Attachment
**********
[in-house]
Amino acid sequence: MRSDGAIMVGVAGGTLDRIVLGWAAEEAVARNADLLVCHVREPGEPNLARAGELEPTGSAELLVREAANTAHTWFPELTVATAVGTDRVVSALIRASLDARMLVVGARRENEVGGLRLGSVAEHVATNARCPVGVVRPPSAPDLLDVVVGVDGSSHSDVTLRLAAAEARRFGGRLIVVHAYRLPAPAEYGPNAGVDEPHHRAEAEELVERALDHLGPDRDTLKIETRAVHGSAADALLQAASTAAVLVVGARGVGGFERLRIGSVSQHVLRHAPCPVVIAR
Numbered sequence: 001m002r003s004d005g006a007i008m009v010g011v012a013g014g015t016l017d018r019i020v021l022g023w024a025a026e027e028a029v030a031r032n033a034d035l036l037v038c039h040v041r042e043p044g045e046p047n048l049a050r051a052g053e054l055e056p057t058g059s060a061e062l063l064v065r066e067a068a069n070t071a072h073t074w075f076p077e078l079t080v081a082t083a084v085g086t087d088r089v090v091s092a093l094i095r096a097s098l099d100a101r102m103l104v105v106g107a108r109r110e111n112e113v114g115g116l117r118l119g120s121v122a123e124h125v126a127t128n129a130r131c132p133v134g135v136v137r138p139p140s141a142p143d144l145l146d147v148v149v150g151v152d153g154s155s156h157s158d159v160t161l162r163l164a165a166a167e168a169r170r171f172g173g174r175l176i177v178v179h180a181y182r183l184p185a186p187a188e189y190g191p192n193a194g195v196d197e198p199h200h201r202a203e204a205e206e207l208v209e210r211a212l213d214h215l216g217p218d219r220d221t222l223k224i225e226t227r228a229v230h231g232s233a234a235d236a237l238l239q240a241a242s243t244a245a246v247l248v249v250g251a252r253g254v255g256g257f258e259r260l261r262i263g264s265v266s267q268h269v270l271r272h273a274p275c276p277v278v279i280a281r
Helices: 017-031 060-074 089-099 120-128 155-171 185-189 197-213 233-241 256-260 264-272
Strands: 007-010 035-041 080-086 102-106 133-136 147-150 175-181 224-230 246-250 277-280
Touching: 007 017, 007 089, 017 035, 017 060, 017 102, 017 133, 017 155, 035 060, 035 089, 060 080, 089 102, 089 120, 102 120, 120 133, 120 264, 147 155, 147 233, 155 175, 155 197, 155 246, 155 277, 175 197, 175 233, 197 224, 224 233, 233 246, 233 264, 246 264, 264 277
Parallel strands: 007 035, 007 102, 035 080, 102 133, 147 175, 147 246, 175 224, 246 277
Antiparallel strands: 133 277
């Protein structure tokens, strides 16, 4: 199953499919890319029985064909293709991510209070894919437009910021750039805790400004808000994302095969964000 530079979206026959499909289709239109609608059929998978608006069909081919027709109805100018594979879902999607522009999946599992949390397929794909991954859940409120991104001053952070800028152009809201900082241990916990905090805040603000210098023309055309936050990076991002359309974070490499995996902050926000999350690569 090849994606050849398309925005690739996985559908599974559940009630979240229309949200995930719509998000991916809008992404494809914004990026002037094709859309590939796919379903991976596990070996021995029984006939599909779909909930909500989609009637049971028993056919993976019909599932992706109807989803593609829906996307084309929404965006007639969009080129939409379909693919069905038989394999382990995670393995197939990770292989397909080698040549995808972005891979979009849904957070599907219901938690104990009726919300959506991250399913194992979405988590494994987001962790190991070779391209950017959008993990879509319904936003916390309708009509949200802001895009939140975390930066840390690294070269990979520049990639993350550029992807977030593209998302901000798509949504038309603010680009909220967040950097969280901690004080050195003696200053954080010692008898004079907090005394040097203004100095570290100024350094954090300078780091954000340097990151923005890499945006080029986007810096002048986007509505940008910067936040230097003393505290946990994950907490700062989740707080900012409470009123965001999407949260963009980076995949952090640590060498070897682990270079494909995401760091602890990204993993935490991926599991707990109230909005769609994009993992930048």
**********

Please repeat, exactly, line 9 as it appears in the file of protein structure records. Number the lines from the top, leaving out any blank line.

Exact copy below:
């Protein structure tokens, strides 16, 4: 199953499919890319029985064909293709991510209070894919437009910021750039805790400004808000994302095969964000 530079979206026959499909289709239109609608059929998978608006069909081919027709109805100018594979879902999607522009999946599992949390397929794909991954859940409120991104001053952070800028152009809201900082241990916990905090805040603000210098023309055309936050990076991002359309974070490499995996902050926000999350690569 090849994606050849398309925005690739996985559908599974559940009630979240229309949200995930719509998000991916809008992404494809914004990026002037094709859309590939796919379903991976596990070996021995029984006939599909779909909930909500989609009637049971028993056919993976019909599932992706109807989803593609829906996307084309929404965006007639969009080129939409379909693919069905038989394999382990995670393995197939990770292989397909080698040549995808972005891979979009849904957070599907219901938690104990009726919300959506991250399913194992979405988590494994987001962790190991070779391209950017959008993990879509319904936003916390309708009509949200802001895009939140975390930066840390690294070269990979520049990639993350550029992807977030593209998302901000798509949504038309603010680009909220967040950097969280901690004080050195003696200053954080010692008898004079907090005394040097203004100095570290100024350094954090300078780091954000340097990151923005890499945006080029986007810096002048986007509505940008910067936040230097003393505290946990994950907490700062989740707080900012409470009123965001999407949260963009980076995949952090640590060498070897682990270079494909995401760091602890990204993993935490991926599991707990109230909005769609994009993992930048």